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Day’s End


August 5, 2011  

National unity proved to be short-lived. An extreme, jingoistic patriotism soon gripped the land, accompanied by a rigid code of political correctness. You were either with the White House or you were with the terrorists. If you didn’t subscribe to what Joan Didion called the “fixed ideas” of 9/11, then it could be said “the terrorists have won.” ABC News found its patriotism questioned when it dared ban flag pins for its on-air journalists; the journalist William Langewiesche was heckled at readings for his book American Ground, a scrupulous firsthand account of the marathon ground-zero cleanup in which not every participant emerged a saint. Each time Hollywood attempted earnest (if less than brilliant) dramatizations like Flight 93 and World Trade Center, it would cue a debate about whether it was “too soon” to go there. The most famous journalistic photo of 9/11, Richard Drew’s “The Falling Man,” was banished from view following its morning-after appearance in the Times.

The sanitizing of 9/11 and the falsification of its genesis to jump-start a second war ended up muddying and corrupting the memory of the event rather than giving hawks and the right’s p.c.-police the permanent “war on terror” they craved. The attack’s meaning was eviscerated by its linkage to the endless debacle in Iraq. The images of the day were so bowdlerized and so shrouded in euphemistic pieties that the viciousness of the slaughter was gradually muted. When the World Trade Center–site developer Larry Silverstein said this July that “ten years from today, I suspect very few people will remember it as ground zero,” he was speaking the truth. To some degree, that’s already the case. It’s not just color-coded terror alerts, Freedom fries, and Rudy Giuliani’s once-unimpeachable political standing that are gone with the wind. It shows just how much 9/11 has been downsized in the American cosmography over a decade that when a conservative Republican senator, Tom Coburn of Oklahoma, tried to derail a bill aiding those with 9/11-related illnesses last year, most of his own political cohort gave silent assent. The most vocal champions of the surviving 9/11 victims and their families were New York officials and celebrities like Jon Stewart, most of them liberal Democrats. The righteous anger of the right had moved on to the cause of taking down a president with the middle name Hussein.

In retrospect, the most consequential event of the past ten years may not have been 9/11 or the Iraq War but the looting of the American economy by those in power in Washington and on Wall Street. This was happening in plain sight—or so we can now see from a distance. At the time, we were so caught up in Al ­Qaeda’s external threat to America that we didn’t pay proper attention to the more prosaic threats within.

In such an alternative telling of the ­decade’s history, the key move Bush made after 9/11 had nothing to do with military strategy or national-security policy. It was instead his considered decision to rule out shared sacrifice as a governing principle for the fight ahead. Sacrifice was high among the unifying ideals that many Americans hoped would emerge from the rubble of ground zero, where so many Good Samaritans had practiced it. But the president scuttled the notion on the first weekend after the attack, telling Americans that it was his “hope” that “they make no sacrifice whatsoever” beyond, perhaps, tolerating enhanced airline security. Few leaders in either party contradicted him. Bush would soon implore us to “get down to Disney World in Florida” and would even lend his image to a travel-industry ad promoting tourism. Our marching orders were to go shopping.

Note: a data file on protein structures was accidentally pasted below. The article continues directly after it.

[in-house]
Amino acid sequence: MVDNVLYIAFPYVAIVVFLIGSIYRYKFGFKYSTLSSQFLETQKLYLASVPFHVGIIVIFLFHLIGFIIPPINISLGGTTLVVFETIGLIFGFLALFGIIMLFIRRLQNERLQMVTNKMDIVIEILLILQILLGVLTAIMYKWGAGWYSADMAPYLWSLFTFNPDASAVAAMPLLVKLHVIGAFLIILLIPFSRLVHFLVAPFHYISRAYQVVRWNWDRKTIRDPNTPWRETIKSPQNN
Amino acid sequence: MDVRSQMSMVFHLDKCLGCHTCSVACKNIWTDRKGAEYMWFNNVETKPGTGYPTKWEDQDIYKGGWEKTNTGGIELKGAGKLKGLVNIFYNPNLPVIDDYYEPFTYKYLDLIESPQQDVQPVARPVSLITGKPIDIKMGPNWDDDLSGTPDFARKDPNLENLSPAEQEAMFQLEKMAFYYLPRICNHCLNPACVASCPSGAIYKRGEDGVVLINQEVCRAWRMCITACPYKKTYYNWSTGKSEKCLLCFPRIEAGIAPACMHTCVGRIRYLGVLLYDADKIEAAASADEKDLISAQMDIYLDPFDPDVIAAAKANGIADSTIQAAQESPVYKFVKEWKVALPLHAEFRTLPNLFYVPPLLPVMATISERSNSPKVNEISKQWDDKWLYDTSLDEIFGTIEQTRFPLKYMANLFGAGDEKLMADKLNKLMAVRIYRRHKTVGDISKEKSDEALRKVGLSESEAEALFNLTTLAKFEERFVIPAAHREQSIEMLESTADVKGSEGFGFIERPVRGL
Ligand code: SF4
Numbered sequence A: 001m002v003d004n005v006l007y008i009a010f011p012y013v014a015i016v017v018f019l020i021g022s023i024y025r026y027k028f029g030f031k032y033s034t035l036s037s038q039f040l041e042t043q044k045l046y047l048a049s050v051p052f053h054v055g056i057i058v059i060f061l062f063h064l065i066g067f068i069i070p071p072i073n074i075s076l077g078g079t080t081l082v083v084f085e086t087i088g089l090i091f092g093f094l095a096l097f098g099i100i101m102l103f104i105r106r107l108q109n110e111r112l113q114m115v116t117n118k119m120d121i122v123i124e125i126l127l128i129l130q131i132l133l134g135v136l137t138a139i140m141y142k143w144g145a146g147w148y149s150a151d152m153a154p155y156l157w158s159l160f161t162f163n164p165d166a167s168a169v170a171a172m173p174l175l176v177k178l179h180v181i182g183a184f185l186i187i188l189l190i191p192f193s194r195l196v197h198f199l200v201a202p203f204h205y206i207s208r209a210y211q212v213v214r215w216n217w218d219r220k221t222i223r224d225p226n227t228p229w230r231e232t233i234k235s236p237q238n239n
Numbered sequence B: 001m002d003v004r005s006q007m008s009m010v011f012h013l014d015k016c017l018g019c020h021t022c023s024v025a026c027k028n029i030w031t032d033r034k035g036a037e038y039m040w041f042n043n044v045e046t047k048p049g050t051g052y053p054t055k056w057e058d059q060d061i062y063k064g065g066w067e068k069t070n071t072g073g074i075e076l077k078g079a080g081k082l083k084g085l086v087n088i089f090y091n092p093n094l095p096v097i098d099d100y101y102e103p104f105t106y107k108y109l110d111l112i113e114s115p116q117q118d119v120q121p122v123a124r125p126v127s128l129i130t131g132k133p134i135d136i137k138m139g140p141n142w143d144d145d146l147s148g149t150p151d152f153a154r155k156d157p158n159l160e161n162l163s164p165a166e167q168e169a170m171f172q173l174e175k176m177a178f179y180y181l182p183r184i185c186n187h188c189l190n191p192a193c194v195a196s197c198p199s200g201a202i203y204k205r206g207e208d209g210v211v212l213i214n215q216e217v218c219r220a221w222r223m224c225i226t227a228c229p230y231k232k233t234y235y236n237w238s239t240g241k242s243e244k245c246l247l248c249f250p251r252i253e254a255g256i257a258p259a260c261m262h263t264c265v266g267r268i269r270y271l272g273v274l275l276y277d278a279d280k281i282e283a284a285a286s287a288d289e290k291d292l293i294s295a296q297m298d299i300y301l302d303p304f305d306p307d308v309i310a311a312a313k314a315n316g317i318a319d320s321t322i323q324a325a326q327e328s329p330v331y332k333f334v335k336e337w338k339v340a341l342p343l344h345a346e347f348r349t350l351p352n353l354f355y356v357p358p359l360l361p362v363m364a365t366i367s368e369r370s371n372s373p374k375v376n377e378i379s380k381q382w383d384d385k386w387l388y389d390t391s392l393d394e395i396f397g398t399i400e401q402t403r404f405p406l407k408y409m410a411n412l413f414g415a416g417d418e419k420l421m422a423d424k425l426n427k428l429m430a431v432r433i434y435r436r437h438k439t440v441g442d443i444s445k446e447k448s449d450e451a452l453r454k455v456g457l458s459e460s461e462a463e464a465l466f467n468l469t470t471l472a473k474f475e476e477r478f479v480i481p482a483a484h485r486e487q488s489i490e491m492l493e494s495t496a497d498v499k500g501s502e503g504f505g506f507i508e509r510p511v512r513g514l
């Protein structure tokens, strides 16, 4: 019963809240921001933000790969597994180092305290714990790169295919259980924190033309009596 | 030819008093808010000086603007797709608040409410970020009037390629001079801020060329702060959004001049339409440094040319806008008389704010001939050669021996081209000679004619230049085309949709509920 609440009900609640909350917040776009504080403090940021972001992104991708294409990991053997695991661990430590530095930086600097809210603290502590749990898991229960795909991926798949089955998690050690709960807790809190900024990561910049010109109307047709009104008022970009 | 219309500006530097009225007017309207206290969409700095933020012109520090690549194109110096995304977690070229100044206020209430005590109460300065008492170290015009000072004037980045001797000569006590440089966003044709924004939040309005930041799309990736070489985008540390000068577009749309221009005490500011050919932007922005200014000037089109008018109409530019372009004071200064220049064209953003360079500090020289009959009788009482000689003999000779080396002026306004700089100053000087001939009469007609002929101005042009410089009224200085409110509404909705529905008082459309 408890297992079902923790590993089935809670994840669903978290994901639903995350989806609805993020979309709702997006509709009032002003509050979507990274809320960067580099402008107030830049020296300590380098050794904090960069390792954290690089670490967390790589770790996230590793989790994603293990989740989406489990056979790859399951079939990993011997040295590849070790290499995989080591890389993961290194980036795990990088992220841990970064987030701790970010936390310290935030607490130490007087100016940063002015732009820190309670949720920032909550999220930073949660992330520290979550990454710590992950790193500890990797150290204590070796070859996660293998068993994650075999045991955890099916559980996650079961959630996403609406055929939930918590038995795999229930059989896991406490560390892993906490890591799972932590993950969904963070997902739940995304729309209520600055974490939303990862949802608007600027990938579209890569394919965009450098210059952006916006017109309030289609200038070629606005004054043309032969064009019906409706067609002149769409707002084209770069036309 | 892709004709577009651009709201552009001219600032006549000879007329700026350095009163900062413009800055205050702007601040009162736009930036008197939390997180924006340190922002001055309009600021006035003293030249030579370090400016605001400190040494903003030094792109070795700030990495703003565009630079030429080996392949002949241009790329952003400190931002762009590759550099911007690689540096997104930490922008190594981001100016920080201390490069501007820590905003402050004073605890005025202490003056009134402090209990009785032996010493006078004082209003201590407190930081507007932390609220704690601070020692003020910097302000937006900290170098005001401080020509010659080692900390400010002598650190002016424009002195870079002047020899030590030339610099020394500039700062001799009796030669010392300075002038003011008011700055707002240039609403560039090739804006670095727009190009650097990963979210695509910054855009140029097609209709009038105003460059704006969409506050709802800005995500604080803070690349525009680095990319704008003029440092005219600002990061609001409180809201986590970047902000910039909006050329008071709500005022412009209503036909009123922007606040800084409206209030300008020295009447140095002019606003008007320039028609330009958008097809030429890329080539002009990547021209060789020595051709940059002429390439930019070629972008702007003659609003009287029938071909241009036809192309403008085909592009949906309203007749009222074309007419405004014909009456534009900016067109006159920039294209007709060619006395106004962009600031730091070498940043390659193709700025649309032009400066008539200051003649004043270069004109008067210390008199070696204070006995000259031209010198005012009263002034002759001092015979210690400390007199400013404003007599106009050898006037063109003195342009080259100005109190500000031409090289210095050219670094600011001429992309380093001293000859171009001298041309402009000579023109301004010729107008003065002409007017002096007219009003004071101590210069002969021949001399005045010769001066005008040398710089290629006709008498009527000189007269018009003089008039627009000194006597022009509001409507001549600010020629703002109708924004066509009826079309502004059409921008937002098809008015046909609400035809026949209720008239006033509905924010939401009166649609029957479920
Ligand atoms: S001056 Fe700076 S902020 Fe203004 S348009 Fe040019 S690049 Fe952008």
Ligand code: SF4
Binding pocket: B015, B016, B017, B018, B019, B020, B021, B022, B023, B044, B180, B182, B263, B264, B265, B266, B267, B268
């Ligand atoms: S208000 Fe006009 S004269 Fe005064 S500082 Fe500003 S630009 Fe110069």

From then on, it was a given that any human losses at wartime would be borne by a largely out-of-sight, out-of-mind, underpaid volunteer army and that the expense would be run up on a magic credit card. Even as the rising insurgency in Iraq began to stress American resources to the max in 2003, Bush doubled down on new tax cuts and pushed through a wildly extravagant new Medicare entitlement for prescription drugs to shore up his reelection prospects with elderly voters. David Walker, then the comptroller general, called it “the most reckless fiscal year in the history of the republic.” But Americans took the money and ran, and the same partisan voices now screaming about deficits in Washington remained mum as the cascade of red ink soared into the multitrillions.

By portraying Afghanistan and Iraq as utterly cost-free to a credulous public, the Bush administration injected the cancer into the American body politic that threatens it today: If we don’t need new taxes to fight two wars, why do we need them for anything? But that’s only half the story in this alternative chronicle of the decade’s history. Even as the middle class was promised a free ride, those at the top were awarded a free pass—not just with historically low tax rates that compounded America’s rampant economic inequality but with lax supervision of their own fiscal misbehavior.


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